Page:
There’s still a few things wrong. First, we haven’t updated the index binding to accept the new location in params for id. Second, we need to pass the entire message to the view in order to update the text field properly.

To fix the index binding, we need to add our record name. When the text field puts together it’s params map, it uses the record-name as a key in params for a map of the key-names to values. This allows you to collect all of the values of all of the text-fields with the same record-name into one map.

However, in a binding we need to pull that record map out of params before we can get at the key we’re looking for which, in our case, is :id. We need to change the line:

(let [id (conjure.core.server.request/id)


(let [id (:id (conjure.core.server.request/record))

If you refresh your browser, you can now enter in the id for any message you want. Unfortunately, our text field is not getting populated with the current message id. To populate our text field, we need to pass the entire message, not just the text, to the view.

Our final home index binding looks like:

(def-binding []
  (let [id (:id (conjure.core.server.request/record))
        message (if id (message/get-record id) (message/find-first))] 
      (render-view message (message/find-records ["true"])))))

Note: we could remove the sequence of messages since we’re not using them any more, but we’ll use them shortly so just leave them in.

If you refresh your browser, the text-field populates properly, but now our message looks funny. It’s displaying the entire message map. That’s easy to fix by updating our index.clj view to only pull out the text of the message. While we’re updating the view, lets remove the link functions which we won’t need again.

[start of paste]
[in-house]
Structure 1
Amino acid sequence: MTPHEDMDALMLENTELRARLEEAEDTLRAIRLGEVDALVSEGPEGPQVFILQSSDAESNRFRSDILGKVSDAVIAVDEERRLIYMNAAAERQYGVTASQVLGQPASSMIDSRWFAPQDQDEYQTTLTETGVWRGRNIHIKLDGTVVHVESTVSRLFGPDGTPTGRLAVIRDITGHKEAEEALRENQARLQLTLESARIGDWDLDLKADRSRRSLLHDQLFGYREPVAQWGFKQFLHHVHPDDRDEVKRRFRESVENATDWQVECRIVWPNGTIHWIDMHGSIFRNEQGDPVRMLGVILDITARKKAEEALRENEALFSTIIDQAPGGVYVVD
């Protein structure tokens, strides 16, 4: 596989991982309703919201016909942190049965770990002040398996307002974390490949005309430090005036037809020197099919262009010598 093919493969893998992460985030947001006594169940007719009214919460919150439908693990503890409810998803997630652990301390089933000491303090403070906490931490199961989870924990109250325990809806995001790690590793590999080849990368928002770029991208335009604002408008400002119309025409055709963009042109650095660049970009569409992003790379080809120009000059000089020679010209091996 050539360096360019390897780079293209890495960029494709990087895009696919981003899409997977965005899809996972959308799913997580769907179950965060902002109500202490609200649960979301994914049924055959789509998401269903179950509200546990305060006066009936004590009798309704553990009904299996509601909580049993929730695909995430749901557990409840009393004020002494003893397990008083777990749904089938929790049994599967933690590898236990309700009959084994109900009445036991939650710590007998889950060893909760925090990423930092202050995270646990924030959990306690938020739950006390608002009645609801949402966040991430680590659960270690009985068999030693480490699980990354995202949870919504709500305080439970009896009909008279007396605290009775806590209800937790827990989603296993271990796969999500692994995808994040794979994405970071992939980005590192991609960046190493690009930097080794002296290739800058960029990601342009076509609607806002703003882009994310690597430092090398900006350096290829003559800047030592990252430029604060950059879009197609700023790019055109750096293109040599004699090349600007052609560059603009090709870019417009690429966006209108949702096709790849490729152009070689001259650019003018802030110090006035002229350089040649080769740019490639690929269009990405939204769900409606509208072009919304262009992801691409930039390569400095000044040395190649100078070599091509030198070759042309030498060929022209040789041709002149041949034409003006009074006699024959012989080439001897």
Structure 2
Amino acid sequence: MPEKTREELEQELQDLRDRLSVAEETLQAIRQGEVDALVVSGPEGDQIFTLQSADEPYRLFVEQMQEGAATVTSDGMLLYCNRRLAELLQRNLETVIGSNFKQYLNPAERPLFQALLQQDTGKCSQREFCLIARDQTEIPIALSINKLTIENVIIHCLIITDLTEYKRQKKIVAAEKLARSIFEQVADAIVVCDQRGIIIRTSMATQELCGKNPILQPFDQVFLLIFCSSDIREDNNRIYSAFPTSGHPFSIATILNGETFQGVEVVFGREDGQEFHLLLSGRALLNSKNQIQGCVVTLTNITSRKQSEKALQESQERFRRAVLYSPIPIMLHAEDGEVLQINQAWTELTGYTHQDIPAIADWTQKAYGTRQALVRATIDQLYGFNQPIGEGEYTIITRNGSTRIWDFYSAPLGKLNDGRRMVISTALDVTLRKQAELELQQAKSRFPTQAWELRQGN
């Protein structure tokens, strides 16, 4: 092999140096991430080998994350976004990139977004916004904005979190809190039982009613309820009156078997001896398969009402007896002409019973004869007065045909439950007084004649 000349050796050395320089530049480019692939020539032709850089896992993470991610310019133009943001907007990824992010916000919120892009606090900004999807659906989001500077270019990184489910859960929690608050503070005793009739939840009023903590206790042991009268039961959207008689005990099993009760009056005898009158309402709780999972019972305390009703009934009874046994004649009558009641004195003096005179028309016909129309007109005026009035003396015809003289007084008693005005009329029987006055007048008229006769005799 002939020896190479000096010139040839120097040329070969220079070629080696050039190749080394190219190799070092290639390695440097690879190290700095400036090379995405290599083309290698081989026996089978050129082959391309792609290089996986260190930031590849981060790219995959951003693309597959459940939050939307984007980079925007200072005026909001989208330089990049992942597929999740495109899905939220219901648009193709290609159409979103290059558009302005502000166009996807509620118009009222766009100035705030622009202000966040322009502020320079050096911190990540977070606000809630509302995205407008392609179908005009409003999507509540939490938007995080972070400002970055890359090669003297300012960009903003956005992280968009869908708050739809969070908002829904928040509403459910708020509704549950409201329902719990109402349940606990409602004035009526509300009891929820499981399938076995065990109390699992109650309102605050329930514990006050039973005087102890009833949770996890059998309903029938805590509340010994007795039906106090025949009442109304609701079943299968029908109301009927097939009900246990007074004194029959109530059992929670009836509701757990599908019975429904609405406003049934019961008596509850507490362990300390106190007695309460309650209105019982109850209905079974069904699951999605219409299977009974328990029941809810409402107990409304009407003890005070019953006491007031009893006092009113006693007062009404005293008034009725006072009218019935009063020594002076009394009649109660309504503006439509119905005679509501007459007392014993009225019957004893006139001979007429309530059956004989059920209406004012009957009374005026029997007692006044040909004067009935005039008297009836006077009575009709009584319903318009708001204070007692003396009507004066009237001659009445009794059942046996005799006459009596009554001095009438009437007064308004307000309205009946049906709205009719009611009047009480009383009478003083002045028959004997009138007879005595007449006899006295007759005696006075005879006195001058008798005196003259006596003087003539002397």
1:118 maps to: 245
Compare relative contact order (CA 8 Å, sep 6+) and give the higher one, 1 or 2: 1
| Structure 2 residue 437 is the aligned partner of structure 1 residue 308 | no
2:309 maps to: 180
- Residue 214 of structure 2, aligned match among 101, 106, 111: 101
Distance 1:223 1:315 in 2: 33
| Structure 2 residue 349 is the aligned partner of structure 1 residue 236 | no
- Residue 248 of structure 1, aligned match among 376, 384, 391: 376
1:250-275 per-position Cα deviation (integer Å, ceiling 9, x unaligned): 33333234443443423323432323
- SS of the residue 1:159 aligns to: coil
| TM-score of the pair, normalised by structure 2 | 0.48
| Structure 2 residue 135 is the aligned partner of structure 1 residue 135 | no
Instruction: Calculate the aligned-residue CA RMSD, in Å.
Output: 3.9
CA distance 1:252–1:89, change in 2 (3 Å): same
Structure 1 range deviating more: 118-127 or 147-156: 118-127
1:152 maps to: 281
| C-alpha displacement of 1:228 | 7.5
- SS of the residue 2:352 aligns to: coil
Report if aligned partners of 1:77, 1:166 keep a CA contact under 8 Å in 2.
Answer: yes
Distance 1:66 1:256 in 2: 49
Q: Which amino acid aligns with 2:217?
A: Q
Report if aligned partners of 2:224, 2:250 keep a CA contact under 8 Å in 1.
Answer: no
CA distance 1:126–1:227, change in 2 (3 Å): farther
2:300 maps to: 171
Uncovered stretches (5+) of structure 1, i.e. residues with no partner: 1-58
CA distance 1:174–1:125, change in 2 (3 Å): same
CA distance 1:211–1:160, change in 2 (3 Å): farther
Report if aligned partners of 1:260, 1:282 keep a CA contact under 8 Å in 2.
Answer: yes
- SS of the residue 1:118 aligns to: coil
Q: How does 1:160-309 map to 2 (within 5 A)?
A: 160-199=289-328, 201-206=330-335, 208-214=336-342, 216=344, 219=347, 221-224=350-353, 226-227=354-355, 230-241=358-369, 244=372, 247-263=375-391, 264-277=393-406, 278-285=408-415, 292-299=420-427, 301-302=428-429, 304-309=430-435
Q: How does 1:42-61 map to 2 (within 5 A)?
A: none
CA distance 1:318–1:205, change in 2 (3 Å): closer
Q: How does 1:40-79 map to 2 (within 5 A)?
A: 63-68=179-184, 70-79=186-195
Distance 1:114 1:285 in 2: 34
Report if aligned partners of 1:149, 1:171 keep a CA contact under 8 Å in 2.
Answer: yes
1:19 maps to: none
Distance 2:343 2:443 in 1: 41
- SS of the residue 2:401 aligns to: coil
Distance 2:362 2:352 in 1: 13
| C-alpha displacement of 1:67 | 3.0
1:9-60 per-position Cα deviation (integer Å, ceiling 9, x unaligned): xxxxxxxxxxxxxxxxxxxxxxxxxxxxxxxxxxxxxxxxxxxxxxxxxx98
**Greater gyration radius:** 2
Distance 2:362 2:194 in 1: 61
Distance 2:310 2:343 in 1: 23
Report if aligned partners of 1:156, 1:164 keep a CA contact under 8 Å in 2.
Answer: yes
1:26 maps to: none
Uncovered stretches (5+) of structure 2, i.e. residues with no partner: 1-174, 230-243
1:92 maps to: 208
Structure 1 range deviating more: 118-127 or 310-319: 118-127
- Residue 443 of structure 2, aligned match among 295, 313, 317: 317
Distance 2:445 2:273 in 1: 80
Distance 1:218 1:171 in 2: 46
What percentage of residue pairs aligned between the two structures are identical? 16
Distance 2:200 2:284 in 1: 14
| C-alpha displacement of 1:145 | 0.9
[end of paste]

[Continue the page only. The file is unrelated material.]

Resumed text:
Our final index view looks like:

(ns views.home.index
  (:use conjure.core.view.base))

(def-view [message messages]
  [:div { :class "article" }
    [:h1 "Welcome to Conjure!"]
    [:p (:text message)]
      [:p "Enter the id of the message to display:"
        (text-field message :record :id)
        (form-button "Submit")])])


Having the user enter in the id for a message in to a text field is nice, but this could cause problems if the user does not know what to enter. It would be better to limit the choices to just the ids of the messages in the database, like we did with the links, but without the potentially huge list of links.

We can limit the choices using a select-tag which will display a drop down box (select box) with all of the message ids. The select-tag function takes a record, record-name, key-name and select-options. The record, record-name, and key-name are just like the arguments for text-field.

Select-options is a map of html-options and options. Html-options are just like all the other html-options and render as attributes on the select tag. Options is a sequence of strings or maps. Since we’ll display the exact same text as the value of the option, we’ll use the most simple options which simply contains the keys for each id.

The select-options map for message 2 and 3 looks like:

{ :options [ 2 3 ] } 

To generate this map from our messages sequence, we’ll use map:

{ :options (map :id messages) }

Our final select-tag function call looks like:

(select-tag message :record :id { :options (map :id messages) })

Replace the text-field function call with the new select-tag function call above and our form-for function call now looks like:

  [:p "Enter the id of the message to display:"
    (select-tag message :record :id { :options (map :id messages) })
    (form-button "Submit")])

Refresh your browser and you should see a drop down box for each message in the database. When you select a message id then click the submit button, the selected message is displayed.